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Case Study – when trial periods go wrong.

Last month we shared our insights into the inclusions of trial or probationary periods, and your obligations surrounding them.

Following on from this, we would like to highlight the potential implications associated with getting it wrong, by looking at a recent case where Canon New Zealand had a personal grievance bought against them due to a defective trial period clause, and failure to give the appropriate notice.

In this instance, Canon advised their employee that his employment was being terminated three days after the completion of his 90 day trial period and that he would receive one weeks’ pay.

While the employment agreement stipulated Canon could terminate employment whilst on a trial period at any time by providing one week’s written notice, or via payout without notice, the Employment Relations Authority (ERA) ruled the trial period clause was defective, as the notice of termination was provided following the 90 day period.

Cannon was therefore in breach of their obligations, as it is stipulated in legislation that notice must be provided before the end of the trial period. If the notice was provided one week prior to the 90 days expiring, the personal grievance could not be raised and no case would be present. In addition, Canon’s employment agreement set out two ways employment could be terminated, one being payment which, in the eyes of the ERA is yet to be clarified.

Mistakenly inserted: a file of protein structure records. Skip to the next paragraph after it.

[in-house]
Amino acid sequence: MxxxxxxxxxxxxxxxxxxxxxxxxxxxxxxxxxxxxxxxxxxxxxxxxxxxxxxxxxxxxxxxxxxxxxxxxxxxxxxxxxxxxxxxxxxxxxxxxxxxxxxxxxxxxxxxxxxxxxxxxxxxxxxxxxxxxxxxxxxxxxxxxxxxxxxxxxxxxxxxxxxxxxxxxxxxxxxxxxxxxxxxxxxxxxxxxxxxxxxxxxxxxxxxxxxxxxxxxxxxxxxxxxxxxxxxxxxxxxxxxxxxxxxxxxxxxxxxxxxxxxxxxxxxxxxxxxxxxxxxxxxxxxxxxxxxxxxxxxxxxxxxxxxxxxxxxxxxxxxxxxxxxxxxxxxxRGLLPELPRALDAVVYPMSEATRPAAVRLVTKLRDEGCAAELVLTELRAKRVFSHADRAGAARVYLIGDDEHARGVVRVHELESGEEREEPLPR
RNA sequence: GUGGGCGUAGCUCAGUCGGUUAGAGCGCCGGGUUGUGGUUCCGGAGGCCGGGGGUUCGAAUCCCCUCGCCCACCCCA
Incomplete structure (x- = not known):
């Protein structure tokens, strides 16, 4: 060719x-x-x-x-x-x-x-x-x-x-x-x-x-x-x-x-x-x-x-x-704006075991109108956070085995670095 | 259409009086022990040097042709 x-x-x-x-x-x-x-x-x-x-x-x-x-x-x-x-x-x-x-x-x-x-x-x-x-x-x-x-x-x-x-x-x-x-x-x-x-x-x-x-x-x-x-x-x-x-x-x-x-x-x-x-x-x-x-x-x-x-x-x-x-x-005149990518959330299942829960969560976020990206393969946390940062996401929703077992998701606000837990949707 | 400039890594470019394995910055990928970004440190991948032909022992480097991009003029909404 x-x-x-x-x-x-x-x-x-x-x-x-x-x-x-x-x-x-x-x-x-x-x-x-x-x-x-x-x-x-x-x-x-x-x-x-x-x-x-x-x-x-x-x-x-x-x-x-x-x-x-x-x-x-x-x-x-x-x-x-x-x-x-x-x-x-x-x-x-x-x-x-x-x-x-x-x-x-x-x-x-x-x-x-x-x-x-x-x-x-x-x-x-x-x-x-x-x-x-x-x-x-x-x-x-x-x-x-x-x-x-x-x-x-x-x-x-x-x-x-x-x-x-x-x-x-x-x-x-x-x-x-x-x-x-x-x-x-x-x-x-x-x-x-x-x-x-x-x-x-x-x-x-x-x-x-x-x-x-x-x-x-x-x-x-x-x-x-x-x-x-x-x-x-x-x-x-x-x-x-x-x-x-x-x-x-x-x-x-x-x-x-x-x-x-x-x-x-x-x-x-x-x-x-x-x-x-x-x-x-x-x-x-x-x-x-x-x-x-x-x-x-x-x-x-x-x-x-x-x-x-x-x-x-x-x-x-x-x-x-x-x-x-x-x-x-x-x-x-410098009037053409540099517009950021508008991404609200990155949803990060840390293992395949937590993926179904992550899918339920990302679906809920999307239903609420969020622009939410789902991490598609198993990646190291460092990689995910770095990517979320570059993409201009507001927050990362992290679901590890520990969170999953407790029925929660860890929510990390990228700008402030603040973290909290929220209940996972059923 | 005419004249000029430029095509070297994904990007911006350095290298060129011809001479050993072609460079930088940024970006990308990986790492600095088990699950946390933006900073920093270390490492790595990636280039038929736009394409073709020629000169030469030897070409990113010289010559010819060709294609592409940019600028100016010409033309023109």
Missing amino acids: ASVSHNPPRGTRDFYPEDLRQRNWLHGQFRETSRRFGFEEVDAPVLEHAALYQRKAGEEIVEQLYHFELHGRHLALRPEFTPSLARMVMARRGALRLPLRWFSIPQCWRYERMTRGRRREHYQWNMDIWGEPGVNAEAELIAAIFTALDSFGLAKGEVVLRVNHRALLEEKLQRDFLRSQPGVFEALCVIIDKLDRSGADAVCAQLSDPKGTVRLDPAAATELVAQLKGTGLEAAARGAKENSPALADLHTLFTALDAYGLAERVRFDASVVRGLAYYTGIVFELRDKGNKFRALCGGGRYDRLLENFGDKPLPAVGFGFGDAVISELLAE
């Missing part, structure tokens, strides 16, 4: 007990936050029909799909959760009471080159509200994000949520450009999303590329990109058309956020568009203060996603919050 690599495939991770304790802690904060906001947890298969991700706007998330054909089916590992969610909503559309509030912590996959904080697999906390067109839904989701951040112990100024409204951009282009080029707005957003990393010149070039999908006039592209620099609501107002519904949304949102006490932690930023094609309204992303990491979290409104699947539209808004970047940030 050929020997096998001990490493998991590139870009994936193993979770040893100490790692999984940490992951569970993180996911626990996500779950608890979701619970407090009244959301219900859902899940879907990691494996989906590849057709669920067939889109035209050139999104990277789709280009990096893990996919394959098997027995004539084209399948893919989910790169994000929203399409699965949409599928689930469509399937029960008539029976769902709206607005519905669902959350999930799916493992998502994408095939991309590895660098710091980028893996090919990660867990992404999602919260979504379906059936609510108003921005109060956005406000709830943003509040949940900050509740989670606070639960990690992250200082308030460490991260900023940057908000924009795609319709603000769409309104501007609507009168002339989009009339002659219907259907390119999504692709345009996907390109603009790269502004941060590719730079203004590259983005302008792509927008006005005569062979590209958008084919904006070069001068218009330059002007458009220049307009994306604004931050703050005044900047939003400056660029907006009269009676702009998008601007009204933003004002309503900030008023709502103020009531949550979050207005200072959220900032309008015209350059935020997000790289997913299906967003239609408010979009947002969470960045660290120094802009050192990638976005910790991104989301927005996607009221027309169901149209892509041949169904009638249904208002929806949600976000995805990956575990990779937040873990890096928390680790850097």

When ruling, the ERA noted that while the approach may be perceived as “overly pedantic”, they stated they “cannot ameliorate a finding that it failed to comply with its agreed contractual provisions and the legislation”.

While trial periods can be extremely beneficial when acquiring the right people for your business, it is important to ensure you are adhering to all ERA requirements, with some key factors to consider listed below.

1. Check your agreements.

Closely check your employment agreements and the associated 90 day trial periods clause. If it is not exceptionally clear with regard to the amount of notice provided if employment is terminated, you need to amend it so that it is.

2. Create alerts.

We recommend implementing a system, whether it be diary notes or alerts in your payroll software, to remind you of impending trial period expiry dates, allowing you the appropriate time to determine what you would like to do and if required, provide the adequate notice period for termination.

3. Paying out notice.

Essentially, questions are still outstanding with the ERA as to whether you can pay in lieu of notice during a trial period. Until this determination is clarified, we highly recommend employees are placed on garden leave (the employee does not work during the notice period, while still remaining on the payroll) if terminated during a trial period and you do not want the employee working out the notice. Employers must ensure they act fairly and reasonably when enforcing garden leave provisions.

If you have any concerns associated with your employment agreements and associate trail period clauses, contact the Employsure Advisers today to make sure you are meeting all your obligation under the ERA. Call us today on 0800 675 700

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